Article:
Op-Ed: Execution of Brandon Bernard a Reminder of Inhumane Death Penalty


Content warning: description of execution, death

“I’m sorry.”

These were some of Brandon Bernard’s last words, uttered moments before he was executed on Thursday, December 10, 2020.

“That’s the only words that I can say that completely capture how I feel now and how I felt that day,” Bernard said, addressing the family of the two victims of a crime he committed at age 18. Bernard was convicted of murder for his involvement in the 1999 robbery, kidnap and murder of Todd and Stacie Bagley, two Texas pastors. Bernard and some of his friends, all 15 to 19 years old, kidnapped the Bagleys. Christopher Vialva, who was thought to be the ringleader of the group, shot the Bagleys in the head while the others, including Bernard, lit their car on fire. Vialva was federally executed in September for his role in the crime.

Bernard, aged 40, was the youngest person in 70 years, based on his age at the time the crime was committed, to be executed by the federal government. He was also the ninth person to be executed by the Trump administration since July, as the administration lifted an informal 17-year moratorium on federal executions. Before President-elect Joe Biden’s inauguration in January, the Trump administration plans to carry out four more federal executions. 

Public, widespread pleas to spare Bernard’s life were entirely ignored. Even Kim Kardashian’s outcry against his execution was not enough to convince the Trump administration to not execute Bernard, despite the effectiveness of Kardashian’s advocacy in the case of Alice Marie Johnson. (In 2018, Johnson was granted clemency for her life sentence relating to a nonviolent drug offense after Kardashian petitioned President Trump on her behalf.) Even lawyers who have previously been closely associated with Trump, namely, Alan Dershowitz and Ken Starr, joined Bernard’s defense team.

Bernard’s legal team filed a stay of execution in November, alleging that the government withheld crucial evidence during the trial that Bernard “occupied the gang’s lowest rung.” Five of the nine surviving jurors who chose to convict him of murder now say they would not have done so if they had known this new information that Bernard was a follower, rather than the ringleader, of the crime. Moreover, Bernard was charged with murder as prosecutors said that Stacie Bagley died as a result of the fire he ignited, but an independent medical examiner, hired by the defense after the trial was over, determined that Bagley was dead before the fire started. 

Regardless of the specific details of Bernard’s case, the death penalty is a deeply flawed mechanism that does not further the goal of justice. Twenty-two U.S. states have abolished it, and 12 others have not executed an individual in at least a decade. The death penalty is racially discriminatory, often implemented wrongfully when a defendant is executed and later found innocent and has not been proven to deter crime. It is a cruel, inhumane violation of fundamental human rights. 

[Read Related: Sri Lankan President Sirisena Wants to Reintroduce the Death Penalty]

Conditions at the federal penitentiary in Terre Haute, Indiana, where death row inmates, including Bernard, reside(d), have grown dire since a recent COVID-19 outbreak. At least 14 of the roughly 15 men held in the secure facility, as well as multiple staff members, have tested positive for the virus, according to The New York Times. Two of the individuals scheduled to be executed next month are COVID-19-positive, and their lawyers are seeking withdrawal of their execution dates. Should these withdrawals be granted, it may spare them from the death penalty, as the Biden administration has pledged to end federal capital punishment. The executions themselves are considered by some to be super-spreader events, as staff members and lawyers involved in the event are at risk of contracting the virus. The push to halt these executions, however, was too little, too late, for Bernard.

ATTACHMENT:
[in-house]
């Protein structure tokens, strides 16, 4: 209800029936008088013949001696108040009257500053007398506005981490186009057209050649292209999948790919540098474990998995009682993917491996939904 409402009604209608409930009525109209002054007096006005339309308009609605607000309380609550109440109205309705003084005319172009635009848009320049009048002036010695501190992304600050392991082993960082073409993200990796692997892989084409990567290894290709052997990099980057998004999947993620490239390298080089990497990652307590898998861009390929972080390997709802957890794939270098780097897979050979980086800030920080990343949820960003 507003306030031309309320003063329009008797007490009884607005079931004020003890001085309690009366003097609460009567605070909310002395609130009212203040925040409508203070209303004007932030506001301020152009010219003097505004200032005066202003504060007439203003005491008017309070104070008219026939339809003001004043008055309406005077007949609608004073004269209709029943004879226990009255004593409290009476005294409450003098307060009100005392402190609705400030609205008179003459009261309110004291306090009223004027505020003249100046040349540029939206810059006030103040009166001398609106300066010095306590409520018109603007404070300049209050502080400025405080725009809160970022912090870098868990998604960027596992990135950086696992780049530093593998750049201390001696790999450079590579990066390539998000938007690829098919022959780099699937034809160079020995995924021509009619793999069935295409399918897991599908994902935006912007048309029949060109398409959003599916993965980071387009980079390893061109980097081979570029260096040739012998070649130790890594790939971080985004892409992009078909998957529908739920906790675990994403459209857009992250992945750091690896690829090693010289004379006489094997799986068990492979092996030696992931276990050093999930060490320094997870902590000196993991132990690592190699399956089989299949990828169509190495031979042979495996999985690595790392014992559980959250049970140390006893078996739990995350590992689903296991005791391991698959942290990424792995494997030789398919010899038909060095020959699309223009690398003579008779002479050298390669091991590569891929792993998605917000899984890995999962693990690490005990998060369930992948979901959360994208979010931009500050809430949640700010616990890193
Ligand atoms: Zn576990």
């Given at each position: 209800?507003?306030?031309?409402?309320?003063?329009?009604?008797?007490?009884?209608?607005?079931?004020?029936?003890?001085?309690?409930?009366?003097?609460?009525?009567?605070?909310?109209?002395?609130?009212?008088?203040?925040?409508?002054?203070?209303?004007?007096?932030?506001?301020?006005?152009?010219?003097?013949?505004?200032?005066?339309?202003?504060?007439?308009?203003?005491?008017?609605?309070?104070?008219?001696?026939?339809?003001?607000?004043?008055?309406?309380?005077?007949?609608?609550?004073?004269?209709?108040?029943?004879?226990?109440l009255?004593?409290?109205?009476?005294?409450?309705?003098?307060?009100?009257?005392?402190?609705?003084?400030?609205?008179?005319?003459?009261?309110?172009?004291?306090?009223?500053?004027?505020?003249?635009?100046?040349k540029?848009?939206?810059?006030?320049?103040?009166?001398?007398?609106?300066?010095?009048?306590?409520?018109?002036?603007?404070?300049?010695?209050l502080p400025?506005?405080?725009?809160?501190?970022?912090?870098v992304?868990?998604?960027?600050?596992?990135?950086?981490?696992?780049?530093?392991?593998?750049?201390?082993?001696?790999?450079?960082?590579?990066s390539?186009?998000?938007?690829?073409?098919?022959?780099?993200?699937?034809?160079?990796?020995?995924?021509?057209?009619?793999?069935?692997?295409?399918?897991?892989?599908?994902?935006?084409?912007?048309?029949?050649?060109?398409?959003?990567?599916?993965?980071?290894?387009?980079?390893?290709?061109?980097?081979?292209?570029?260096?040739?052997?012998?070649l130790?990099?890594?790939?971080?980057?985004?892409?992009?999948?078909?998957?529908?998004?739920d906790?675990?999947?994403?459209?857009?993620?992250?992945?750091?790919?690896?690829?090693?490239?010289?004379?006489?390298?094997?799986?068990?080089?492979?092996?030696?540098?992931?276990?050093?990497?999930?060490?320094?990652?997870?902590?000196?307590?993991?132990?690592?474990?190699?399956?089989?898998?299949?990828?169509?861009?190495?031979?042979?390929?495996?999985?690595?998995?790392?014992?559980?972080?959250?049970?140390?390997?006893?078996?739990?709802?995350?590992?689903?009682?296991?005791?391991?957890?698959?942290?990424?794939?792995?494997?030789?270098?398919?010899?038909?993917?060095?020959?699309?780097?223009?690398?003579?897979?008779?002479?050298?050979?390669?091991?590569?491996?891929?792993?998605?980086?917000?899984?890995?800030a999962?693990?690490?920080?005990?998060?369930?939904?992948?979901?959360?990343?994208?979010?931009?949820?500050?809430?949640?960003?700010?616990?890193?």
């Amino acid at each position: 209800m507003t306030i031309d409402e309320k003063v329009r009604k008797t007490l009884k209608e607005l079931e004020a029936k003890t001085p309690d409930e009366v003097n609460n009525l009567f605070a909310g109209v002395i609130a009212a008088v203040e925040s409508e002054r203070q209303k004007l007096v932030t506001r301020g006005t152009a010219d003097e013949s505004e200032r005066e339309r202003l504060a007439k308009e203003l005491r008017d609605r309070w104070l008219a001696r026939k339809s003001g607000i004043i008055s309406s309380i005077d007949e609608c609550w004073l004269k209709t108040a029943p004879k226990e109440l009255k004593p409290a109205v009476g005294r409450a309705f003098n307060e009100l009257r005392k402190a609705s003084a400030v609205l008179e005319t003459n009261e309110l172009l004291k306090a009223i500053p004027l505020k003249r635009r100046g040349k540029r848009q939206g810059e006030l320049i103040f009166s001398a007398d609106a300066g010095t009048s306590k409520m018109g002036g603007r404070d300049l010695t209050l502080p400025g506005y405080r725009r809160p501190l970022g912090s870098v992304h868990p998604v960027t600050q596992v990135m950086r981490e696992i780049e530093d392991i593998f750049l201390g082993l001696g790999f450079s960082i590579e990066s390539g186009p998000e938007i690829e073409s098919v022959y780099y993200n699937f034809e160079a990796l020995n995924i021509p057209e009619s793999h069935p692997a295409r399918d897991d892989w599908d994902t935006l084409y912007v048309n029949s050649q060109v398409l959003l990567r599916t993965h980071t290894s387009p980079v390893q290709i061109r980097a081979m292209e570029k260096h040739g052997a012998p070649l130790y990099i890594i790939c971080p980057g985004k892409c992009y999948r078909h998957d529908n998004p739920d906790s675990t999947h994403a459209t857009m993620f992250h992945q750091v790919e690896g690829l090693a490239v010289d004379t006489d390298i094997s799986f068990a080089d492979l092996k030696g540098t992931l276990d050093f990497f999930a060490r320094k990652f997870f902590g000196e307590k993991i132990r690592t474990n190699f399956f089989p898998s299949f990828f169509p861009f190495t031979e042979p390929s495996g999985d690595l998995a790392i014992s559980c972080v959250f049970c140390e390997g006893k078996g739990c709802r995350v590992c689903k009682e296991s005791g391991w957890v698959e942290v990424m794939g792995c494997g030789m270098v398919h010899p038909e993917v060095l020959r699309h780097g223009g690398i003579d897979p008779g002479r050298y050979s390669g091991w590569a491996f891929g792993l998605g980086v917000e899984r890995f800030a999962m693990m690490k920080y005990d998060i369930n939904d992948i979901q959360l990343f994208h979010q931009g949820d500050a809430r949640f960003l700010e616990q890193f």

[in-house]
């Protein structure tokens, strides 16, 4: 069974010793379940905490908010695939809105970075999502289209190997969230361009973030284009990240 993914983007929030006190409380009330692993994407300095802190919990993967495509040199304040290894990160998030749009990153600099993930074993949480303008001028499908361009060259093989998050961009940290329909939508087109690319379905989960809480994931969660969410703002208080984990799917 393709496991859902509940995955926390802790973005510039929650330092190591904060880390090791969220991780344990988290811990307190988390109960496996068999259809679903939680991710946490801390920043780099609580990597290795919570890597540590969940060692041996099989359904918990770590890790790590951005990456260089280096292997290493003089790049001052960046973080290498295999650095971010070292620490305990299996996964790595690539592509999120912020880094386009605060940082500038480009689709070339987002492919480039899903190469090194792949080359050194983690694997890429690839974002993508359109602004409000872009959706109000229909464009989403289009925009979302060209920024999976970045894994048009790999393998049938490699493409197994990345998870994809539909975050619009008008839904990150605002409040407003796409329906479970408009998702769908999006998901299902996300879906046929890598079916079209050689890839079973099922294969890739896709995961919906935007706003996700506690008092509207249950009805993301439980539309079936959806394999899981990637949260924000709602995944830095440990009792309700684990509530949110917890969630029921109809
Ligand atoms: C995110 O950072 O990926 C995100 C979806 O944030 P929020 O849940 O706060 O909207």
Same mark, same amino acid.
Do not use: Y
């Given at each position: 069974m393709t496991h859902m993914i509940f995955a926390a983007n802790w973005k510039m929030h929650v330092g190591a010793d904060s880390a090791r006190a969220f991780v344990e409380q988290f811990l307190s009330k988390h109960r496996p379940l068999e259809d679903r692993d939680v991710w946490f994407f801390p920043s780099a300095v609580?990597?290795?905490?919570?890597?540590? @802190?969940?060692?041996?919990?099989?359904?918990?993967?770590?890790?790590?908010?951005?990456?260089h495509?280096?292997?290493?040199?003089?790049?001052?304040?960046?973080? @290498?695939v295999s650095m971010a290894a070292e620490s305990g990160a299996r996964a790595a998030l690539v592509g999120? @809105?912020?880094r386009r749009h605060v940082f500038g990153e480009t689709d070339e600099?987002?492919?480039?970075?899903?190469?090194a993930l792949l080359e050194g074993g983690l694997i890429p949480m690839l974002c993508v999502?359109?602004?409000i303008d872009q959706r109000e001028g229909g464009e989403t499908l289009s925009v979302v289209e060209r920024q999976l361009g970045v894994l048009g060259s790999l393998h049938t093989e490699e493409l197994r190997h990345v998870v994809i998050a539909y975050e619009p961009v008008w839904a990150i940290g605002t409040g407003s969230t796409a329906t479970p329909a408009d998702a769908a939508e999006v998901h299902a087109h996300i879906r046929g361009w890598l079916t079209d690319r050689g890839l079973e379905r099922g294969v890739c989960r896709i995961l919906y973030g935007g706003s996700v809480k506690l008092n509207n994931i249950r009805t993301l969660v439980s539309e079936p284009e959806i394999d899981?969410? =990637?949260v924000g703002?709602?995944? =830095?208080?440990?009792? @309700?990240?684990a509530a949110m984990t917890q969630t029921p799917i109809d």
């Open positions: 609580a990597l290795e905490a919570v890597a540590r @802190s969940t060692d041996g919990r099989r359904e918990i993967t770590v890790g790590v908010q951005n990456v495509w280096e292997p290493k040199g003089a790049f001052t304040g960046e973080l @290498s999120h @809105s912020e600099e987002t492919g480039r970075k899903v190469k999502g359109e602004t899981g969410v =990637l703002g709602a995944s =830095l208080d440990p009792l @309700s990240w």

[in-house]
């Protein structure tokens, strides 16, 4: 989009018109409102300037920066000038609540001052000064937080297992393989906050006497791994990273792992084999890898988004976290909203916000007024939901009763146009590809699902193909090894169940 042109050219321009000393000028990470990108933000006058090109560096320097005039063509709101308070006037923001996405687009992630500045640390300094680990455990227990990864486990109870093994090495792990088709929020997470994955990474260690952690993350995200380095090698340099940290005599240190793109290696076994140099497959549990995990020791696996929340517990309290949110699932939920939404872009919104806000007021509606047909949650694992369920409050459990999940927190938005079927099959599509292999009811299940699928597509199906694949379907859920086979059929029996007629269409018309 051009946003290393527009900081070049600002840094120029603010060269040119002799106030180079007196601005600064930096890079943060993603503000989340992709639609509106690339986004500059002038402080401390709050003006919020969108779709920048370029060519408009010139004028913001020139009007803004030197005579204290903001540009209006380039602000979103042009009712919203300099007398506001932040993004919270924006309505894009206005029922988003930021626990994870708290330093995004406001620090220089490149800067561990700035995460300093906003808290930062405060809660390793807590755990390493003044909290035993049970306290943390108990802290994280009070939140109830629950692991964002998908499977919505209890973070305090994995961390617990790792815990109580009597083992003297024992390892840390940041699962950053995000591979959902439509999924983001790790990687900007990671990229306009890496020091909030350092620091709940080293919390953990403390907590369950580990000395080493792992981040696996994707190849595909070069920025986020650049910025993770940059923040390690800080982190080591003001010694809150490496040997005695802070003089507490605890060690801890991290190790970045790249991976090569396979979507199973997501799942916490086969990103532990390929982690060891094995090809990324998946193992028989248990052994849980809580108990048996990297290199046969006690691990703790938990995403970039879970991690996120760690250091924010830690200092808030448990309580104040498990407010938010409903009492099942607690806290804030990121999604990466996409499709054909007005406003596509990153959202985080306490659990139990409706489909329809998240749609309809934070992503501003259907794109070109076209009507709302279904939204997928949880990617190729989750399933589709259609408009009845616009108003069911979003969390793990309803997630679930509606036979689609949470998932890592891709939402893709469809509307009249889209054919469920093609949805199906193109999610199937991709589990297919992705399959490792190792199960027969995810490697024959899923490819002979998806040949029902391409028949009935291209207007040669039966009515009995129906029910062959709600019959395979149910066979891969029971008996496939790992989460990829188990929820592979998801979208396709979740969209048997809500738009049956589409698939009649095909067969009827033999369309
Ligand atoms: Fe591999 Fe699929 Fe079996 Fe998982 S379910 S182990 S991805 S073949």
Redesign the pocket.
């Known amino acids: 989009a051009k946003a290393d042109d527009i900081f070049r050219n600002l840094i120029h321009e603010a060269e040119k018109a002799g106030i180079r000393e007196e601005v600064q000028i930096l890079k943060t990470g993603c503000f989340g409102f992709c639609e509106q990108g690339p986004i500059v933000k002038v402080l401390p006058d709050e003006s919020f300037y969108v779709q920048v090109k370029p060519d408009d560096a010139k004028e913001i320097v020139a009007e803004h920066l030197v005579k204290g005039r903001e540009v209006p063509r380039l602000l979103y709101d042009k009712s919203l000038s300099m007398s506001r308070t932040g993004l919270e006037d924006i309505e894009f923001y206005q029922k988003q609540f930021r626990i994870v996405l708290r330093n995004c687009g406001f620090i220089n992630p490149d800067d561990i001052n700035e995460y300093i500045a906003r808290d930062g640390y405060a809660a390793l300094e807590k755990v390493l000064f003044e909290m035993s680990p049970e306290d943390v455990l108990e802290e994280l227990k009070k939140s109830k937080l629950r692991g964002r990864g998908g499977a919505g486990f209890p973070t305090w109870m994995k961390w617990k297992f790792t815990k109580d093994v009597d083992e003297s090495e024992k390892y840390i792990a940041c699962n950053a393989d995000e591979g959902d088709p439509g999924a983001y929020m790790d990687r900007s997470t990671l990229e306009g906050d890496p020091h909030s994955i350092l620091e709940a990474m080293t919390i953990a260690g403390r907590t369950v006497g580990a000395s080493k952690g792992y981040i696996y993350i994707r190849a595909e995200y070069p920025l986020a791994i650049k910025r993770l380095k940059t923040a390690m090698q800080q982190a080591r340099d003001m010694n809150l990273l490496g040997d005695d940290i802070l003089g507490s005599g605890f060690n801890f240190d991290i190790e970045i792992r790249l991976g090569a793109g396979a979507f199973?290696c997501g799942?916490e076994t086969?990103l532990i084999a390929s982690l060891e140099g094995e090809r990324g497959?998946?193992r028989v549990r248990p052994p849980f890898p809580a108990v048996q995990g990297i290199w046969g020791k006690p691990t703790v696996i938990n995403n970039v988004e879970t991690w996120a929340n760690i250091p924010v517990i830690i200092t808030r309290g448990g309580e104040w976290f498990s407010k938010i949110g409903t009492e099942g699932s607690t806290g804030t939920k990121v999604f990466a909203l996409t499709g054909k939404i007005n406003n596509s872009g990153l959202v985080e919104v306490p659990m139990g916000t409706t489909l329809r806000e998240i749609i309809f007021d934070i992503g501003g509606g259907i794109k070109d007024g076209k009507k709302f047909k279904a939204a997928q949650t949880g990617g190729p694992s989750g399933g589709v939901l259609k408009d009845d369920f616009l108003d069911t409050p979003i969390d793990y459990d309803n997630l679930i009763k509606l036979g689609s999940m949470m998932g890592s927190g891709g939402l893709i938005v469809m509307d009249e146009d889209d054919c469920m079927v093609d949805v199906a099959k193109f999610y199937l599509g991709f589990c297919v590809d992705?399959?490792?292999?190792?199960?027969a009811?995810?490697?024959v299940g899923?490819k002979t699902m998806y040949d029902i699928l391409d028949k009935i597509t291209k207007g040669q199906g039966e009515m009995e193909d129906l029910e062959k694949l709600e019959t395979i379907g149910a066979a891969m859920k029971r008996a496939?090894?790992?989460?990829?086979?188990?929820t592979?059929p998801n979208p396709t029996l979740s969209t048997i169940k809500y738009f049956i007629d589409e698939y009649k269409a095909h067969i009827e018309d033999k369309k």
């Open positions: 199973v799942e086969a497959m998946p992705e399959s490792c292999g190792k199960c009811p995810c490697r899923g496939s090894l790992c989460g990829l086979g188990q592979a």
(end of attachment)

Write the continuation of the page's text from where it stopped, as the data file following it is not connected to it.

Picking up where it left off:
“Bernard’s own family was not allowed to watch him die. At 9:11 p.m., the lethal injection process began. At some point after that, Bernard asked if it had started yet. At 9:15, his body began shaking and his mouth opened wide. At 9:27, he was declared dead. That’s 12 minutes later,” according to The Cut.

While employing the death penalty, in general, is unbecoming of a country that alleges to respect human rights, Bernard, in particular, was a beacon of hope that those who commit crimes can reform themselves into compassionate members of society. He took part in religious outreach, enjoyed crocheting as a hobby and loved listening to classical music. He was as much a human being as you or me and expressed deep remorse for his mistakes and the pain he caused others. As Bernard’s friend Jennifer Wasserstein wrote in a letter to the Washington Post:

“When we killed Bernard, we killed the belief that one can change.”

The opinions expressed by the writer of this piece, and those providing comments thereon (collectively, the “Writers”), are theirs alone and do not necessarily reflect the opinions of Brown Girl Magazine, Inc., or any of its employees, directors, officers, affiliates, or assigns (collectively, “BGM”). BGM is not responsible for the accuracy of any of the information supplied by the Writers. It is not the intention of Brown Girl Magazine to malign any religion, ethnic group, club, organization, company, or individual. If you have a complaint about this content, please email us at hello@browngirlmagazine.com. This post is subject to our Terms of Use and Privacy Policy. If you’d like to submit a guest post, please follow the guidelines we’ve set forth here.
By Anita Ramaswamy

Anita Ramaswamy is a financial journalist living in New York City. Raised in Arizona, she is passionate about educational access, … Read more ›